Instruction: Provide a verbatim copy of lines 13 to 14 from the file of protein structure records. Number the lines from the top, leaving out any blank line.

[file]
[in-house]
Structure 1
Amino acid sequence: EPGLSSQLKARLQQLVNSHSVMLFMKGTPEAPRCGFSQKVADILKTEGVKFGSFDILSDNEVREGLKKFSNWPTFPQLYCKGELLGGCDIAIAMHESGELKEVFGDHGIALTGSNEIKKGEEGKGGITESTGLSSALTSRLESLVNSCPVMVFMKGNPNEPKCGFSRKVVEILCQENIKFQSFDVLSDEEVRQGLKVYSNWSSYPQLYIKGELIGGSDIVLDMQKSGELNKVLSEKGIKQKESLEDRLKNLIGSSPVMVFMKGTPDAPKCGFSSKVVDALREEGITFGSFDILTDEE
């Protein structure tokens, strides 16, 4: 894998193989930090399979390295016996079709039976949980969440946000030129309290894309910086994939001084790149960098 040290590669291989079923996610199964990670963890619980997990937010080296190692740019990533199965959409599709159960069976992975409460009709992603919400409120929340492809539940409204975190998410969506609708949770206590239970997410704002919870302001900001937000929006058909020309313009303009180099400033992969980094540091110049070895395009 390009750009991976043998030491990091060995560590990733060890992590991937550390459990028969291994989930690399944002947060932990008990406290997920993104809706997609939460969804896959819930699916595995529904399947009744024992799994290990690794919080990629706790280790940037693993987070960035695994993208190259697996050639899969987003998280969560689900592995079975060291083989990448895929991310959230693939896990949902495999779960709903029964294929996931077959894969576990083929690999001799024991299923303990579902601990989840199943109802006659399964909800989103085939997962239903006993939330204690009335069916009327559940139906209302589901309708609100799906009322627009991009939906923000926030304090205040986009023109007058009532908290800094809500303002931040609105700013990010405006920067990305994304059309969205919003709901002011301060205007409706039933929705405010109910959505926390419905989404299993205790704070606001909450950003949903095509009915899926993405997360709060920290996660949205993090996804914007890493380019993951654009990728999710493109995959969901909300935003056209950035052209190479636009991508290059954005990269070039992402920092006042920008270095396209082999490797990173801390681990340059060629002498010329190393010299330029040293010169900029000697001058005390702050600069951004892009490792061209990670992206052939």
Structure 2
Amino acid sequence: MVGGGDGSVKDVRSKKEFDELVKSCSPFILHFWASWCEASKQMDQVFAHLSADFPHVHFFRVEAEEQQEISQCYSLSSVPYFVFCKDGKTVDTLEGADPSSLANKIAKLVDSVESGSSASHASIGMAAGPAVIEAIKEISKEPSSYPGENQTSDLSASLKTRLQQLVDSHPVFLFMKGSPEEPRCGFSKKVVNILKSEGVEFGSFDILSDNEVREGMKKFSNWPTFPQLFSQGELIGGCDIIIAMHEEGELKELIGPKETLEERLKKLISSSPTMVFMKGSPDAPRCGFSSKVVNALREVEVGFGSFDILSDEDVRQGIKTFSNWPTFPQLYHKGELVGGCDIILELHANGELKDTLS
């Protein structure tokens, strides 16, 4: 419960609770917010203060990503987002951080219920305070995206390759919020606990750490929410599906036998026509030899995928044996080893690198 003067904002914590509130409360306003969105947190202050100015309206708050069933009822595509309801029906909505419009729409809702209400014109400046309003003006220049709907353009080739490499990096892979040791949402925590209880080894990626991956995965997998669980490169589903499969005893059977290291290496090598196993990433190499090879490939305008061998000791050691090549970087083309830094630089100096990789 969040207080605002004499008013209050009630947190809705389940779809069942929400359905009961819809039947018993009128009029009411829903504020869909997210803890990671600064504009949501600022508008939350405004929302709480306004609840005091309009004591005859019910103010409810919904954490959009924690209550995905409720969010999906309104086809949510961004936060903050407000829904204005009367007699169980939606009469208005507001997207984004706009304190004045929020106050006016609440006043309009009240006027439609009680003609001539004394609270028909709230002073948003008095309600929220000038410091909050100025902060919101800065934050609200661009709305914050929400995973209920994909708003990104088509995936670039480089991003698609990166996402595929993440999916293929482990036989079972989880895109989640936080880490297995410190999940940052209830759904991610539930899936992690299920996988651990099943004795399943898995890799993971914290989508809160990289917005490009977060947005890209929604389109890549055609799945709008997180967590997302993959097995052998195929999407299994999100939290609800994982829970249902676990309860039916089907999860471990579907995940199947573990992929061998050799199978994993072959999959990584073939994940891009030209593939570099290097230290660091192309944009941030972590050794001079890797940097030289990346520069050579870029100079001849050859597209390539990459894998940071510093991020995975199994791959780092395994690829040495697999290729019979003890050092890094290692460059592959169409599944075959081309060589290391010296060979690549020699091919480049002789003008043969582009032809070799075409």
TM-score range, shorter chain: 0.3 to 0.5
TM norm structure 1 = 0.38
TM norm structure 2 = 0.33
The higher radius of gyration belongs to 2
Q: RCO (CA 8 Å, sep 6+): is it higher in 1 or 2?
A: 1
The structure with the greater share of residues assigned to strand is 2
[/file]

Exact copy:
A: 1
The structure with the greater share of residues assigned to strand is 2